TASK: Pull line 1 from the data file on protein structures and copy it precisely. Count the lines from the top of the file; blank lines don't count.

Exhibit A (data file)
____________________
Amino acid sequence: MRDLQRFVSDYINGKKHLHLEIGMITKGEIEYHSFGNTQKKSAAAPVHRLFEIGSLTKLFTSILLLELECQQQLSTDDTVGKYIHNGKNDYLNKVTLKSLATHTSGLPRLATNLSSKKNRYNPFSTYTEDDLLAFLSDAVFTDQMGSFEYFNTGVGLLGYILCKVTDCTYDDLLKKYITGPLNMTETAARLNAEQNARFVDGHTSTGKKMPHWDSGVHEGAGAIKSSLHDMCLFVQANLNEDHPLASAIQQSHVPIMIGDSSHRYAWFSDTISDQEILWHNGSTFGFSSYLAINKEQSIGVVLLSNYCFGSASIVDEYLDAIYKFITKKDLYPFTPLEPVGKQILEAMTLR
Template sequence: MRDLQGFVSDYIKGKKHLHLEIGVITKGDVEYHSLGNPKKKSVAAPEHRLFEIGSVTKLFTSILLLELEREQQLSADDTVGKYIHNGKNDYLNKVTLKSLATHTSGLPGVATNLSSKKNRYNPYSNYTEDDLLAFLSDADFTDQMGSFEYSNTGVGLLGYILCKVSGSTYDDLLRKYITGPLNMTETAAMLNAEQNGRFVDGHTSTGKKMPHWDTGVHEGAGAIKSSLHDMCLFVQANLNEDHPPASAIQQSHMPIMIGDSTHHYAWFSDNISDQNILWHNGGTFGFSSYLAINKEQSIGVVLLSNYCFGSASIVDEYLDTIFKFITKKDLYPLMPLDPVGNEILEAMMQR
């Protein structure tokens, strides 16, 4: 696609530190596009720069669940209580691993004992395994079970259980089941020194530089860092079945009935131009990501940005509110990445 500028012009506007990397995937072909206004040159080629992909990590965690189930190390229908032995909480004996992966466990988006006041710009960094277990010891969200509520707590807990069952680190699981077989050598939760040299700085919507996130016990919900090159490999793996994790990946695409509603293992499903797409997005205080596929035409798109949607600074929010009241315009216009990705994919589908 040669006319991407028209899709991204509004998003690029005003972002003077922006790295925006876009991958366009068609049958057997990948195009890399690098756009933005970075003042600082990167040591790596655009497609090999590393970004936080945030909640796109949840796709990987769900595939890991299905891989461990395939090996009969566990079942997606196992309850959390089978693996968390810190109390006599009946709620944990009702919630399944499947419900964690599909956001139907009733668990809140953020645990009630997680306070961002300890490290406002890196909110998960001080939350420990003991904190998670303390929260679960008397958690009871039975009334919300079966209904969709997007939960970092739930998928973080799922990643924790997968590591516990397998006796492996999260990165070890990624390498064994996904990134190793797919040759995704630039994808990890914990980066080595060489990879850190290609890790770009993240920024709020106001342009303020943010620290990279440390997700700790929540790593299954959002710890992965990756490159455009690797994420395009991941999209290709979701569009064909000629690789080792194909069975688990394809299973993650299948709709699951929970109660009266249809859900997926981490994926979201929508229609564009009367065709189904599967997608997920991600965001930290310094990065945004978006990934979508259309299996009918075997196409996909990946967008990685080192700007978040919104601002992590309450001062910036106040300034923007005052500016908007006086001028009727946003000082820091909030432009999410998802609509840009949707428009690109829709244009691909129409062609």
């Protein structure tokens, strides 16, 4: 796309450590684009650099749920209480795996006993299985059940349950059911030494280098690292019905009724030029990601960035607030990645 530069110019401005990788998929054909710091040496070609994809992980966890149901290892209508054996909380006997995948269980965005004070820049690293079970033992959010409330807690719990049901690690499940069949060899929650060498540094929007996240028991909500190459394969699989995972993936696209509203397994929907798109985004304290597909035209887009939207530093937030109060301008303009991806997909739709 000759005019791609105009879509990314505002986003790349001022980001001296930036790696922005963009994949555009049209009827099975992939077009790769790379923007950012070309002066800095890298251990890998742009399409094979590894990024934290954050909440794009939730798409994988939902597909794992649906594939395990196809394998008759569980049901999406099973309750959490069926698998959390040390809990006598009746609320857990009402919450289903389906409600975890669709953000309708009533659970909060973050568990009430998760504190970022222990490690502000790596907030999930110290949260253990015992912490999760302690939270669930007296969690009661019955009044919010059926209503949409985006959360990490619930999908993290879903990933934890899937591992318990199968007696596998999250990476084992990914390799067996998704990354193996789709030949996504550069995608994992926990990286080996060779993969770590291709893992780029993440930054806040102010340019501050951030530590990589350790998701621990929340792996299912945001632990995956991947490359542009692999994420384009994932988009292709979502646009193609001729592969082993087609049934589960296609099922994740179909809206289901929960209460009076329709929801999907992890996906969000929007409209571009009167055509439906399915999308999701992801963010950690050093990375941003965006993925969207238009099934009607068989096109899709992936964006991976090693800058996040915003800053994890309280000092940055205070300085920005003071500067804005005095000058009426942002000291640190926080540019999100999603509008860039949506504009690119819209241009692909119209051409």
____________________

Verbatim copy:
Amino acid sequence: MRDLQRFVSDYINGKKHLHLEIGMITKGEIEYHSFGNTQKKSAAAPVHRLFEIGSLTKLFTSILLLELECQQQLSTDDTVGKYIHNGKNDYLNKVTLKSLATHTSGLPRLATNLSSKKNRYNPFSTYTEDDLLAFLSDAVFTDQMGSFEYFNTGVGLLGYILCKVTDCTYDDLLKKYITGPLNMTETAARLNAEQNARFVDGHTSTGKKMPHWDSGVHEGAGAIKSSLHDMCLFVQANLNEDHPLASAIQQSHVPIMIGDSSHRYAWFSDTISDQEILWHNGSTFGFSSYLAINKEQSIGVVLLSNYCFGSASIVDEYLDAIYKFITKKDLYPFTPLEPVGKQILEAMTLR